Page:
There are many things I yearn for in life, one is adventure, so when my normal Thursday house group was cancelled I made an impulsive decision to swap my comfy bed that night for a hammock camp. I texted to see if anyone else fancied a slice of adventure but no one was free so I dressed up as warm as possible, packed and headed out apprehensively on my first solo wild camp.
Some months prior id been on a walk on Ilkley and stored a nice patch of hammock trees in my micro-adventures memory bank. I’d made the split second decision not to pack my tarpaulin so was gutted that when I arrived at Ilkley station it was raining. In true micro-adventure style this did not put me off instead I stopped off at a local kebab shop for some chips to motivate me for the task ahead.
Despite having a vague idea as to where the trees were I didn’t know the route to get there so trial an error was the old way forward. I weaved my way up the fern clad hills trying to use my torch as little as possible in fear that someone from the town below would spot the light and send a search party up for me. luckily the moon was bright that particular evening and cast plenty of light on my muddy footsteps. As I Scrambled higher and higher in search of my bed for the night I came across a bench and took a minute to stop and look behind me at where I’d come from. I was immediately overwhelmed by the beauty of the night, the drizzle had passed by this point and aside from a few clouds the moon and stars were in full glow illuminating the towns below right to the horizon. As I ate one of my emergency snack bars I thought of the people settling into their beds kissing their loved ones goodnight and the muddy path ahead of me before finding my rest. I’m fairly sure I saw a moonbow (a nigh time rainbow) but it could’ve been my tired mind playing tricks on me.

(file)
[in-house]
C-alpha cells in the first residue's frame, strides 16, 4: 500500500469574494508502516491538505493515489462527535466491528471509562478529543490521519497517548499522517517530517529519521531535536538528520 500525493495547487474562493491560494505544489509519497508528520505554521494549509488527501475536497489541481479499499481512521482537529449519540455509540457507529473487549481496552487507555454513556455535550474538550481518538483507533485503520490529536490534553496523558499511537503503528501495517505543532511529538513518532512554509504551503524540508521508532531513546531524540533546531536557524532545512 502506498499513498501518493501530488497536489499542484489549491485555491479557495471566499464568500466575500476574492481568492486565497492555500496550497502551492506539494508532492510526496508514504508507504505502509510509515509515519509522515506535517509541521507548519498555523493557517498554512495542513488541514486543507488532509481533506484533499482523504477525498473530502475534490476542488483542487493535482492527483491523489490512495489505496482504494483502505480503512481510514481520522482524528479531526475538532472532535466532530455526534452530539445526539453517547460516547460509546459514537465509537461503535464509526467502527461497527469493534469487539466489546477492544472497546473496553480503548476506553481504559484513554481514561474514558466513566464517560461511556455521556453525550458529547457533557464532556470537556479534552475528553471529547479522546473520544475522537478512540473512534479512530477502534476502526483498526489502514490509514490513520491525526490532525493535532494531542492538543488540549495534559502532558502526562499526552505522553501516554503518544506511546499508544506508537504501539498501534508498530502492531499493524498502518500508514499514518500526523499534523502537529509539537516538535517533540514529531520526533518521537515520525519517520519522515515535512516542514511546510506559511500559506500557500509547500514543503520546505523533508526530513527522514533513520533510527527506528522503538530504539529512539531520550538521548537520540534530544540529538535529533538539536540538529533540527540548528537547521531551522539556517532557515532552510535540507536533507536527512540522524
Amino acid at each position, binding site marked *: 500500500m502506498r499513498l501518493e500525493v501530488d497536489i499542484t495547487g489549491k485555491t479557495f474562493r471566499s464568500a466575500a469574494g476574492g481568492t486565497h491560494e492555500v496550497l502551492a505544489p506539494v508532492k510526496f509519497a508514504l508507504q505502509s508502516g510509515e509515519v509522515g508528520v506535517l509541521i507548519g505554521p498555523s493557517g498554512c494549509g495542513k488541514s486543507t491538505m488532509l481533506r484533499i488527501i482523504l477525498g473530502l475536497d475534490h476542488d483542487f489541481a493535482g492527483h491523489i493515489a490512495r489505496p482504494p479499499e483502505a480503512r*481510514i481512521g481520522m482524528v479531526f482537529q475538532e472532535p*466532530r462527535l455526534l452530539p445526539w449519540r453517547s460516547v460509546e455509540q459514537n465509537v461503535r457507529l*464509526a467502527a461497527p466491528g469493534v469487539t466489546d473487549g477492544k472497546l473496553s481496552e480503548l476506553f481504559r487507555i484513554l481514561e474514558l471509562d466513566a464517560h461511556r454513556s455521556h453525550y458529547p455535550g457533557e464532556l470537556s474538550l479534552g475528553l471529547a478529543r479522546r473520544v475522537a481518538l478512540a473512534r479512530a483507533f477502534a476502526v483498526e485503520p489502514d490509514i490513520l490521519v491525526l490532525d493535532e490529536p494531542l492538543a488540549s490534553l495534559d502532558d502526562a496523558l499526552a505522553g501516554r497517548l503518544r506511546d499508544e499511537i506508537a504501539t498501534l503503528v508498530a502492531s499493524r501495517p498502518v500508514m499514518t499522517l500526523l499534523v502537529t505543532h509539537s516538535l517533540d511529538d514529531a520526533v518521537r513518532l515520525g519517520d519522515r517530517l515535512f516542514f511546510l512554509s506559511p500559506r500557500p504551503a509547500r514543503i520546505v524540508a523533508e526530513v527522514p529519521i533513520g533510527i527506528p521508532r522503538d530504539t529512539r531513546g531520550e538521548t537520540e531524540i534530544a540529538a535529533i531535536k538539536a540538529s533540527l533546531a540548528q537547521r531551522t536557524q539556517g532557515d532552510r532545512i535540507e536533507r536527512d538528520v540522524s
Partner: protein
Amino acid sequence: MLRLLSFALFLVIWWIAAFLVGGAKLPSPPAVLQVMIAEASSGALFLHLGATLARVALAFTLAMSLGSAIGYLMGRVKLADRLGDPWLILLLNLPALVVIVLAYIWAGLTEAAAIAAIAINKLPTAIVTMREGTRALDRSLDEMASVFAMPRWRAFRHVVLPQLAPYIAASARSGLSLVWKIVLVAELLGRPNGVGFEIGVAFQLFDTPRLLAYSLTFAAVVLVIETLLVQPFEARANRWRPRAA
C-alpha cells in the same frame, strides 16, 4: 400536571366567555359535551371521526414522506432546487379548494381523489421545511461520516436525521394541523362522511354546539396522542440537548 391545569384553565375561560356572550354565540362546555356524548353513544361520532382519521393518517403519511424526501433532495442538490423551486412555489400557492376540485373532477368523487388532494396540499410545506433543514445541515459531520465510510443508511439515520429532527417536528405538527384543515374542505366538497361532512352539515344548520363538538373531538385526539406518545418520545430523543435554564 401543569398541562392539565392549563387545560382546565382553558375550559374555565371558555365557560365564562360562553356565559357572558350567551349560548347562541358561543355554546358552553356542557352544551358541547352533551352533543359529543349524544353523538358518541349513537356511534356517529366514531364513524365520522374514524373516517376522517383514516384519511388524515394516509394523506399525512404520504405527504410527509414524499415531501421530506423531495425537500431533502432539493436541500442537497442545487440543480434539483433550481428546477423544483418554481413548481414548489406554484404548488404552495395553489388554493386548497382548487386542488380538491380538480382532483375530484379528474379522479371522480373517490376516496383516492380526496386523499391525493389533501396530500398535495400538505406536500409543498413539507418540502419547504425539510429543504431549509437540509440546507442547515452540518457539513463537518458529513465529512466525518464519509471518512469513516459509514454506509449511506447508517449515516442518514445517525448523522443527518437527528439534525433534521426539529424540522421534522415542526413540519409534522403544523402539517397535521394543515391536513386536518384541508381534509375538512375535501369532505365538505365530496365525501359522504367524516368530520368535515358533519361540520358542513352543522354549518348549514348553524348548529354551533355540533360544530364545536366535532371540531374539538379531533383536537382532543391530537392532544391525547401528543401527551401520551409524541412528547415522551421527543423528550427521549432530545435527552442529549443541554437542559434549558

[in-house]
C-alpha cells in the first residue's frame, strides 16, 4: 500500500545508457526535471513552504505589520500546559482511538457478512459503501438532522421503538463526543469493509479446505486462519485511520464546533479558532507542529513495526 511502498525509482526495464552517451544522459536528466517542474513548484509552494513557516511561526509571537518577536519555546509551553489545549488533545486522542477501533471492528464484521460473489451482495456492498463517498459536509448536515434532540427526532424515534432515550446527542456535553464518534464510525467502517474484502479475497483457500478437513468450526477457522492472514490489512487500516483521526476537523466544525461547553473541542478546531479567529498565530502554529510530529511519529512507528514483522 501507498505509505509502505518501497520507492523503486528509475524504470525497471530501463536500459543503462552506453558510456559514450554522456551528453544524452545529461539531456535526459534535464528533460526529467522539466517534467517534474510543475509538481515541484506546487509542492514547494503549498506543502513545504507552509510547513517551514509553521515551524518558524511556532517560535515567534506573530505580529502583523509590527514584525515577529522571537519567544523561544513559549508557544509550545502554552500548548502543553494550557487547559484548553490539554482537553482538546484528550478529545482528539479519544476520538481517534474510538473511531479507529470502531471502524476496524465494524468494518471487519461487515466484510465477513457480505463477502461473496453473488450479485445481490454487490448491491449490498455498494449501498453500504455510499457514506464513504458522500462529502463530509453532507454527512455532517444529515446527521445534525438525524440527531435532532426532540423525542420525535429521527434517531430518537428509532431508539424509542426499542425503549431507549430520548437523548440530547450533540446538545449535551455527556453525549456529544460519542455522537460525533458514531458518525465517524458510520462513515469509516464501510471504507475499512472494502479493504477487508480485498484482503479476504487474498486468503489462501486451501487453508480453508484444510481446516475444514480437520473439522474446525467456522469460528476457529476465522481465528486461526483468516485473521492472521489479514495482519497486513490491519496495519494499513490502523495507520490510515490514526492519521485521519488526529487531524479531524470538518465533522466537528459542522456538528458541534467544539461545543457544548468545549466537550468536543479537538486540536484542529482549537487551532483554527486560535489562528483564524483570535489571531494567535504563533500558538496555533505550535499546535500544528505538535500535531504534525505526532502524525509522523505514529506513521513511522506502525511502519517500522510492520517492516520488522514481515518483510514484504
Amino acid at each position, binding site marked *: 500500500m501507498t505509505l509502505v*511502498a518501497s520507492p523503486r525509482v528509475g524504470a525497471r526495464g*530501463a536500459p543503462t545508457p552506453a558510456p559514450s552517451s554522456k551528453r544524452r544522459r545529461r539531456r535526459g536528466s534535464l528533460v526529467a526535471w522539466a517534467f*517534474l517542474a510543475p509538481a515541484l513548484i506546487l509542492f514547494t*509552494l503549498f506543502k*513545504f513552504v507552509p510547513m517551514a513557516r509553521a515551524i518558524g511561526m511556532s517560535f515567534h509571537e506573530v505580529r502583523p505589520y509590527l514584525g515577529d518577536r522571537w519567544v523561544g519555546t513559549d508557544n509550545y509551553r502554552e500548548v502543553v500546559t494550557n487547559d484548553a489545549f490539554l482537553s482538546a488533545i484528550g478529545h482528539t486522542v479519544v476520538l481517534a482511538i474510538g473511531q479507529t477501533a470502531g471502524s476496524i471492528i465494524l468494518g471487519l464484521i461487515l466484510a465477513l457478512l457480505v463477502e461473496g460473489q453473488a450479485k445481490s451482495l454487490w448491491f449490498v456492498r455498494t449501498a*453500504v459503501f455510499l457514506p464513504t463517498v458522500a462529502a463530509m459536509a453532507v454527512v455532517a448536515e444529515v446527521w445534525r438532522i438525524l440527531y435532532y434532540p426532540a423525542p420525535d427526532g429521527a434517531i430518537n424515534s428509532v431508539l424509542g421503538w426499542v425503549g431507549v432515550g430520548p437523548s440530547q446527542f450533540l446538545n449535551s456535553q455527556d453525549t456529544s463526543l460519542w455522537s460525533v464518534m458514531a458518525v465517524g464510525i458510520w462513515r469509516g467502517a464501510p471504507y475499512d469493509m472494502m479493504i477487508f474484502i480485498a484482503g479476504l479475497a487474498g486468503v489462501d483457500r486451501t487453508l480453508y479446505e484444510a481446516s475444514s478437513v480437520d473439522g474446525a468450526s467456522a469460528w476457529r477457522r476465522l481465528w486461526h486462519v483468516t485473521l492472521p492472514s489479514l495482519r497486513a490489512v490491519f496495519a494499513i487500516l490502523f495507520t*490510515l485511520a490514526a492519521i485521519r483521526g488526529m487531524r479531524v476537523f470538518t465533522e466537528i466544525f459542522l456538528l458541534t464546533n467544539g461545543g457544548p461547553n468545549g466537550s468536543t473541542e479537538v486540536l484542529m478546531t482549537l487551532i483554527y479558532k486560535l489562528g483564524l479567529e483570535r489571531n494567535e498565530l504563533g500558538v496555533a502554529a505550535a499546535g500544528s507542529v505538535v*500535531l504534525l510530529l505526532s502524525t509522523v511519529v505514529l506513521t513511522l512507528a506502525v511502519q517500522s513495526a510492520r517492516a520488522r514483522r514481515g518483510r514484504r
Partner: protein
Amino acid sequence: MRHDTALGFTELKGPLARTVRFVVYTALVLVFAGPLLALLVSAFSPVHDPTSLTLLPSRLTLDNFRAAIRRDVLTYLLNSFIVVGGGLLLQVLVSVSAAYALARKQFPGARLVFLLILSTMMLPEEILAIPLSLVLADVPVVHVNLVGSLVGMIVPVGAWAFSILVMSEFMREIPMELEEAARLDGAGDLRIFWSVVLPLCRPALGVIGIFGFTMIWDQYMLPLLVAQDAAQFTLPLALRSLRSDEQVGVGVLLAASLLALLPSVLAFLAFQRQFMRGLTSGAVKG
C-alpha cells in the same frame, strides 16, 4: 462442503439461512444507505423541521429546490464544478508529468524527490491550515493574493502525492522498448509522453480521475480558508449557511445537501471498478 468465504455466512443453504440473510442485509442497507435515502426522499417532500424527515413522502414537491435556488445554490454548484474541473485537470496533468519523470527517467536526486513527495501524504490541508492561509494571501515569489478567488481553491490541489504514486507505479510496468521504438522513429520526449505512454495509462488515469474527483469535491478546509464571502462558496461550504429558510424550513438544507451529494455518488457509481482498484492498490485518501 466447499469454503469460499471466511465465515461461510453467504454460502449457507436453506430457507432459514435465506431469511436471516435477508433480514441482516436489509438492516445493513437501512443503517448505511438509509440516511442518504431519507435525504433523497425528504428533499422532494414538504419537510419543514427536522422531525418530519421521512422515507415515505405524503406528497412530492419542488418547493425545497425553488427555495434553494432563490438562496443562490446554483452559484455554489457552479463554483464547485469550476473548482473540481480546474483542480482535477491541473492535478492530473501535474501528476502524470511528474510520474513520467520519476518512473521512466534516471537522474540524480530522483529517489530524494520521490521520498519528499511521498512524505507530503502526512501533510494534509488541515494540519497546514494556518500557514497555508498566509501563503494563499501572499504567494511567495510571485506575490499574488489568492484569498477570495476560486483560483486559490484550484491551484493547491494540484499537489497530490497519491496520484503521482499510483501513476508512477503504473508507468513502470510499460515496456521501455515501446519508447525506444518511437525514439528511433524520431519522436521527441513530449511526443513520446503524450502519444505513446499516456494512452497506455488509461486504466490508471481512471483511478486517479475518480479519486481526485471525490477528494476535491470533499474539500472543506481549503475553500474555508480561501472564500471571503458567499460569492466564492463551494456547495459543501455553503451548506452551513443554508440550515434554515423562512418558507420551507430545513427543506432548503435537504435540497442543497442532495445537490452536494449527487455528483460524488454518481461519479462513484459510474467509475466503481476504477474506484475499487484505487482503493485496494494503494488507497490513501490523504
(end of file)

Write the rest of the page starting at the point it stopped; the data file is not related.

I took a wrong turning on the moor so it took me longer than anticipated to find the trees but once I found them I picked two suitable ones and set up camp for the night, disturbing a few resting sleep while doing so. Its true what Phoebe Smith says in her book that “innocuous sheep by day look like satanic devil spawn with evil eyes by moonlight” but at least I could reply to the little voice in my head that was screaming ‘its a murderer’ at every unidentifiable sound with ‘its probably just a sheep’. The wind rustling through the trees served as a soft lullaby as I cuddled my hot water bottle and rocked to and fro gently into the land of nod.
I awoke to the cold at around 6:30am and decided to pack down camp before being stumbled across by unsuspecting dog walkers. I used the rest of the water in my hot water bottle to warm my hands and restore much needed blood flow before packing down – next time I shall take gloves. I had survived my first solocamp and had a celebratory bacon sandwich to look forward to once I reached the station. I ambled back the way I came, this time in daylight, spotting the paths I should’ve taken and the puddles I shouldn’t’ve trodden in. I stopped on the same bench for a breakfast cereal bar this time admiring the view as the sun rose over the hills and texting my friend to confirm that I hadn’t been abducted or murdered in the night much to her relief.
I boarded the commuter train back to Leeds surrounded by men in suits supporting briefcases and equally professional looking freshly made up women. I must’ve looked a state in my woolly hat and muddy boots in comparison, but I’d already had my adventure, theirs was just beginning.